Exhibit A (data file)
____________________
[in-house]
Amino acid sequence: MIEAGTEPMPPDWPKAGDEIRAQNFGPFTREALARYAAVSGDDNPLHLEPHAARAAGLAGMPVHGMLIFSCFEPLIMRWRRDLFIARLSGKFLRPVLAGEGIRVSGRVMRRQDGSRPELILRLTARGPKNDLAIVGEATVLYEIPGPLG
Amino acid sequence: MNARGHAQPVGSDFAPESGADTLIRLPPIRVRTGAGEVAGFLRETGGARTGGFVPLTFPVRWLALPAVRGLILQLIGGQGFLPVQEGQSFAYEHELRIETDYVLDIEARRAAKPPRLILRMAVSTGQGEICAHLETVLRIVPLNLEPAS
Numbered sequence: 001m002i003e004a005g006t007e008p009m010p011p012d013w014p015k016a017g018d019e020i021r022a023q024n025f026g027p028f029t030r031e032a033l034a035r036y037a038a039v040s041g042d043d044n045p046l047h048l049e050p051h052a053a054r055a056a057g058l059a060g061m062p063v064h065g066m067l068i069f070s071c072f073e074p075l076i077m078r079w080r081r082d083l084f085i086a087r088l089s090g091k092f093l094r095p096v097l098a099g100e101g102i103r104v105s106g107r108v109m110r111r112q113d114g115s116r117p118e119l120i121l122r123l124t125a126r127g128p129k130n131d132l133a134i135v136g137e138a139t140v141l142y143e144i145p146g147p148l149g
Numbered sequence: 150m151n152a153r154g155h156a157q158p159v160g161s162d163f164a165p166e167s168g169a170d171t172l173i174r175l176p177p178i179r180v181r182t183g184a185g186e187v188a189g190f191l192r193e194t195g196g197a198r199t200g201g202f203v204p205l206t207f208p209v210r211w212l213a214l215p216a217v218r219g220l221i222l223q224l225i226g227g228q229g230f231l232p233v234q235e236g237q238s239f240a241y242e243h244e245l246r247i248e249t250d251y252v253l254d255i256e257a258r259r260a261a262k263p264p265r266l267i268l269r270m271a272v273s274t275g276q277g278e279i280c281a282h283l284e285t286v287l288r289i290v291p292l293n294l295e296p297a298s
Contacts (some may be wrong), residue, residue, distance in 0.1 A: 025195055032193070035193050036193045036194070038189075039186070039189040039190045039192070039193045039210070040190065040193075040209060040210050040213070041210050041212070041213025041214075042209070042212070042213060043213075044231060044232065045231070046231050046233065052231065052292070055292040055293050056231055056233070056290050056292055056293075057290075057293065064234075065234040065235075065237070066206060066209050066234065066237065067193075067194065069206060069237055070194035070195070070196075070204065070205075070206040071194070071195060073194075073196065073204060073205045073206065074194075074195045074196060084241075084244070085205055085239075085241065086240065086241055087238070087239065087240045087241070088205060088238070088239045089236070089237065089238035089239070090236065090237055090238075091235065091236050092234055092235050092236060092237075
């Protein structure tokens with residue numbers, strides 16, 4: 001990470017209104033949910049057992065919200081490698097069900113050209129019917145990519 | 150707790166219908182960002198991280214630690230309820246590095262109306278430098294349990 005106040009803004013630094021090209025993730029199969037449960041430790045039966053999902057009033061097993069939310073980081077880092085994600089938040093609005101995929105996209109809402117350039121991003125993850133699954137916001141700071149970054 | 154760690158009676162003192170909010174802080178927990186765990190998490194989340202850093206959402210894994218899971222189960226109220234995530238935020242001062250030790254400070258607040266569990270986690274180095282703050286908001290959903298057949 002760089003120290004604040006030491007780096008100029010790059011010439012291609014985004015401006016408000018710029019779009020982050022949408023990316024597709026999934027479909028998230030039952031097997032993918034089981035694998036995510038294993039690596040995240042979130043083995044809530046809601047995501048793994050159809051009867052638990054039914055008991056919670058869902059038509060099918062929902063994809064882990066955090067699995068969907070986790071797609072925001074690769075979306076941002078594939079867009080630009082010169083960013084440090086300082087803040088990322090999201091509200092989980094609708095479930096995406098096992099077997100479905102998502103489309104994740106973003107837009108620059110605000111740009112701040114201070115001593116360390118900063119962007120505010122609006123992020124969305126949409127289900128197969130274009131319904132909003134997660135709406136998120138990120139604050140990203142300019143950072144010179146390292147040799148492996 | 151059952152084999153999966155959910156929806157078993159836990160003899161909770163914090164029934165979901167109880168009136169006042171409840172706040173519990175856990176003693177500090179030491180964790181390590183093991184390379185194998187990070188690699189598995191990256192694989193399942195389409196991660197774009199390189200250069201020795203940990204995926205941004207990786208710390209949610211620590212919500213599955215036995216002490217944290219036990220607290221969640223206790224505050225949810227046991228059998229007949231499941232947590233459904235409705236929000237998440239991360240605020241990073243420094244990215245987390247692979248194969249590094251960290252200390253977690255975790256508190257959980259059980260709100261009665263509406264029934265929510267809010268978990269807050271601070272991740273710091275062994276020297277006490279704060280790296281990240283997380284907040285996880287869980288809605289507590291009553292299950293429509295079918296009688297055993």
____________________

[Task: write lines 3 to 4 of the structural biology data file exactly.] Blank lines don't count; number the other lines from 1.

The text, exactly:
Amino acid sequence: MNARGHAQPVGSDFAPESGADTLIRLPPIRVRTGAGEVAGFLRETGGARTGGFVPLTFPVRWLALPAVRGLILQLIGGQGFLPVQEGQSFAYEHELRIETDYVLDIEARRAAKPPRLILRMAVSTGQGEICAHLETVLRIVPLNLEPAS
Numbered sequence: 001m002i003e004a005g006t007e008p009m010p011p012d013w014p015k016a017g018d019e020i021r022a023q024n025f026g027p028f029t030r031e032a033l034a035r036y037a038a039v040s041g042d043d044n045p046l047h048l049e050p051h052a053a054r055a056a057g058l059a060g061m062p063v064h065g066m067l068i069f070s071c072f073e074p075l076i077m078r079w080r081r082d083l084f085i086a087r088l089s090g091k092f093l094r095p096v097l098a099g100e101g102i103r104v105s106g107r108v109m110r111r112q113d114g115s116r117p118e119l120i121l122r123l124t125a126r127g128p129k130n131d132l133a134i135v136g137e138a139t140v141l142y143e144i145p146g147p148l149g